Ausable River Smallmouth Bass. It went swimming after Donna took this pic.

Along the Ausable River we take a break.

Lunch stop. For those interested the canoe is a very light Bell North Star

The parks numerous trails offer ample opportunity to discover fungi.

Coral fungi.
A colorful mushroom, (photo by Donna)
Stinkhorn, something a little different.
Slugs on a mushroom. We often see the result of their visits on partially devoured specimens.
Along the trail

A few insects also caught our attention. Ever try to photograph a small insect from a canoe on a windy day?

The American Rubyspot likes flowing water, (photo by Donna)
A small Common Ringlet along the trail. Not a common sight in Ohio. (photo by Donna)

Stepping forward a week. The other day walking in a park close to home we were enchanted by the sight of a large colorful dragonfly.

Royal River Cruiser, Prairie Oaks MP.

A reminder that one need not travel even as far a Michigan to discover the magic.

Loud Pond

In a journey through space and time each year as we arrive we also leave. Should we be so blessed next year we will return to again be embraced by what has become a sacred place. The experience of this year is all the more precious as the place as well as we ourselves will never be quite the same as together we travel into the newness of the next.

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Uncommon Beauty

I didn’t even have a serious “bird camera” with me while hiking in Florida a few months back when a very common Sandhill Crane captured my heart, posing as if waiting for Audubon.

Sandhill Crane

When we least expect it, nature enchants.

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Early September Walk

On any given day we wonder what will be seen as we set off to explore a local park. In this case it was Prairie Oaks Metro Park a few morning ago. Wondering now in the past tense, we were not disappointed.

One of the park’s small lakes. Dragonfly heaven!
A sunflower that was hard not to notice,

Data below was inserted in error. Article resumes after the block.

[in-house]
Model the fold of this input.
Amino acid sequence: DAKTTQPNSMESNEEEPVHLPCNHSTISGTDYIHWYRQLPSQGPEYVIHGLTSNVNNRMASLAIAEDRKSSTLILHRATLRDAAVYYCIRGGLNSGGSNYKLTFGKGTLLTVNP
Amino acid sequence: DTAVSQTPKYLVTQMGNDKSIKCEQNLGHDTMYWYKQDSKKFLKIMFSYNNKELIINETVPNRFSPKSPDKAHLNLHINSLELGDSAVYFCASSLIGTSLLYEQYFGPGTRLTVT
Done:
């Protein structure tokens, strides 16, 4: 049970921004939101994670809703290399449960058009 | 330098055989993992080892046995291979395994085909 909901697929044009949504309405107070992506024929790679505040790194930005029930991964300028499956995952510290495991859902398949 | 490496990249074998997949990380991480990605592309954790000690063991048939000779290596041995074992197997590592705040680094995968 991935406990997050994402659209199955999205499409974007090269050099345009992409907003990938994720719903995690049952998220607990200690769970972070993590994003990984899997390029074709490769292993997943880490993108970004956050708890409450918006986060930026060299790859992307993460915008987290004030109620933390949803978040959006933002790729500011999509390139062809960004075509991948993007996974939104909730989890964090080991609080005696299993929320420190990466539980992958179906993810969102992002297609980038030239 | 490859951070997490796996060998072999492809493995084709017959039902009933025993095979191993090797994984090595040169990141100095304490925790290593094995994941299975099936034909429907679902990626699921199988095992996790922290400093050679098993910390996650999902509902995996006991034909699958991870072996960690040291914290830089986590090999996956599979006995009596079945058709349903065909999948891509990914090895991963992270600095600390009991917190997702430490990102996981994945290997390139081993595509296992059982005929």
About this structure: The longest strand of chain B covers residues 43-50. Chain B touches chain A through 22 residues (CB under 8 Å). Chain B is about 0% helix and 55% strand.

Along the Big Darby as it meanders through the park.
Phlox is seen along the trail. I always think of it as a spring flower.
Nothing says late summer like sunflowers.
A Royal River Cruiser swoops in and perches nearby. Not a common sighting.
A more common Halloween Pennant was also seen.
Being rather late in the season I was charmed by this lone Swamp Milkweed, but what were those small objects growing/crawling on it’s stems? Aphids?
Blazing Star. Very different than late summer sunflowers.
At waters edge something smaller than a average grasshopper launched itself about three feet across my path then poses for a picture. It was a Cricket Frog
Leaving the pond shoreline and continuing along the river a Green Heron tries not to be noticed.
In a dead tree high overhead a discarded snakeskin catches the breeze. Curtesy of a Rat Snake?
Ebony Jewelwings were still in the neighborhood.
So tiny but yet so beautiful, a Summer Azure poses.
Perhaps not so beautiful but fascinating nonetheless, mating robber flies. Be glad you’re not a small insect when one of these creatures flies by!
The deep purple of Iron Weed.
The fascinating flower of the Spotted Jewelweed can be a tough one to do justice to, but we try.
What would a hike but without a turtle sighting? In this case probably a map with a smaller painted.
With it’s many shades, in a month the river’s pure green canopy will be no more.

Other things seen eluded the camera’s lens but that’s okay because the above images are more than enough to hint at the riches found and the wealth accrued.

Thanks for stopping by.

Just One Thing

It occurs to me that I often end up trivializing nature by always seeking the next bird, butterfly, or landscape. Perhaps a better goal would be, that when in nature or whatever the endeavor, to seek to truly appreciate one thing.

Perhaps a first step is to walk a little slower.